• Don Pedro relicensing meetings May 11 in Modesto, Turlock - - The public can comment Wednesday, May 11, 2011 on how Don Pedro Reservoir and the lower Tuolumne River should be managed over the next few decades. The Federal Energy Regulatory Commission will hold two meetings as part of the application by the Turlock and Modesto irrigation districts for a new license to operate Don Pedro. The key issue is how much water to release from Don Pedro to enhance fish habitat in the lower river. Reservoir recreation and other concerns will be addressed. The MID and the TID completed Don Pedro in 1971 under a license that will expire in 2016. They expect to spend at least $14 million on fishery studies, legal proceedings and other tasks over the next half-decade. The meetings Wednesday: • 9 a.m. in the Event Center at California State University, Stanislaus, 801 W. Monte Vista Ave., Turlock • 7 p.m. in Ballroom 3 of the DoubleTree Hotel, 1150 Ninth St., Modesto. More information is available at

  • Obama administration proposes broadening EPA’s power to protect waterways from pollution  -- The Obama administration proposed new guidelines April 26, 2011 that would boost the government’s ability to protect streams, wetlands and other sensitive waterways from pollution. Business, agricultural and property rights groups said the policy would stifle economic growth by generating more red tape  but environmentalists defended it as essential step to provide clean drinking water and protect waterfowl habitat. Administration officials said their goal was to clarify which waters are subject to federal regulation under the 1972 Clean Water Act, a question that two Supreme Court rulings in the past decade have not resolved.  The guidance addresses key criteria for determining if headwaters, including “perennial, intermittent, and ephemeral streams,” are subject to regulation under the intent of the Clean Water Act. EPA and the Army Corps of Engineers said the plan would not take effect until after a 60-day public comment period. Even then, it won’t have the force of law, although field staffers will refer to the document when considering whether they have jurisdiction over particular waterways. The agencies’ next step will be developing a set of binding regulations, EPA Administrator Lisa Jackson said.

  • Agency pushes acreage charge to fund water infrastructure  - - An acreage-based fee on farmland would ensure the cost of water-infrastructure upgrades is distributed evenly, officials with the Legislative Analyst's Office told lawmakers at a state Senate hearing May 4, 2011. Democrats are seeking ways to pay for upkeep and improvements to the state's water-delivery system without selling bonds. Water and Natural Resources committee chairwoman Fran Pavley, D-Santa Monica, said the March 30 hearing would be the first of many examinations of the topic. "This is the opening discussion on a very important issue," Pavley said. The committee asked LAO to find alternatives to public debt for funding water infrastructure. The topic needs greater exploration than was allowed when lawmakers drafted landmark water legislation in 2009, Pavley said.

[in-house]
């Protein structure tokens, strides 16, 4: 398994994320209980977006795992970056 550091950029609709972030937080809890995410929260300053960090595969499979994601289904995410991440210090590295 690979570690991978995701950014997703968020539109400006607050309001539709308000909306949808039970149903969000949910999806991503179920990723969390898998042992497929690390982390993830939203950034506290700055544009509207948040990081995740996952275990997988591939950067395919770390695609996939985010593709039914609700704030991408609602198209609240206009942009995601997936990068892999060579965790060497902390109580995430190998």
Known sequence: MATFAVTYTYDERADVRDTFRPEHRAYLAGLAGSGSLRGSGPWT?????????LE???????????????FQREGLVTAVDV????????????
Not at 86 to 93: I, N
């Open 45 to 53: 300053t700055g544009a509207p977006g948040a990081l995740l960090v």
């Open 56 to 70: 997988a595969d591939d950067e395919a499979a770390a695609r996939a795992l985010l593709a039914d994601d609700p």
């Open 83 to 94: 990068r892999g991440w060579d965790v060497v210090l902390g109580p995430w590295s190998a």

• Deadline for smelt protection plan extended -- A federal judge in Fresno on May 4, 2011 gave the federal government two additional years to finish an updated plan to protect the threatened delta smelt. In December, U.S. District Judge Oliver W. Wanger invalidated key parts of the much-debated plan, which often resulted in water-pumping cutbacks from the Sacramento-San Joaquin Delta. That ruling -- which found that while pumping hurt the smelt, the pumping restrictions set up to protect the fish were not justified -- forced the federal government to rewrite the plan for the second time in less than four years.

  • State Water Project allocation increased to 80 Percent - - The Department of Water Resources (DWR) on April 21, 2011  increased the 2011 State Water Project (SWP) water allocation to 80 percent of contractors' requests, up 30 percent from last year's final allocation. "This is very good news," said DWR Director Mark Cowin. "Near-record precipitation and water content in our mountain snowpack have given us a good supply year. We should not forget, however, that this state can slip back toward drought conditions any given year and conservation needs to be a lifelong habit." This year's allocation is 3,337,701 acre-feet. In 2010, the State Water Project delivered 2,086,000 acre-feet, 50 percent of a requested 4,172,126 acre-feet, up from a record-low initial projection of 5 percent due to lingering effects of the 2007-2009 drought.


  • USDA to streamline rules - - USDA aims to be more user-friendly.  In order to improve access to its programs, the agency is seeking public comment to determine whether any rules should be streamlined, clarified, or repealed. President Obama asked for the review to minimize burdens on those attempting to access programs that promote economic growth, create jobs, and protect health and safety. The Department is particularly interested in areas where it can streamline by having its agencies share similar data. USDA is seeking input through May 20 at the relatively simple web address of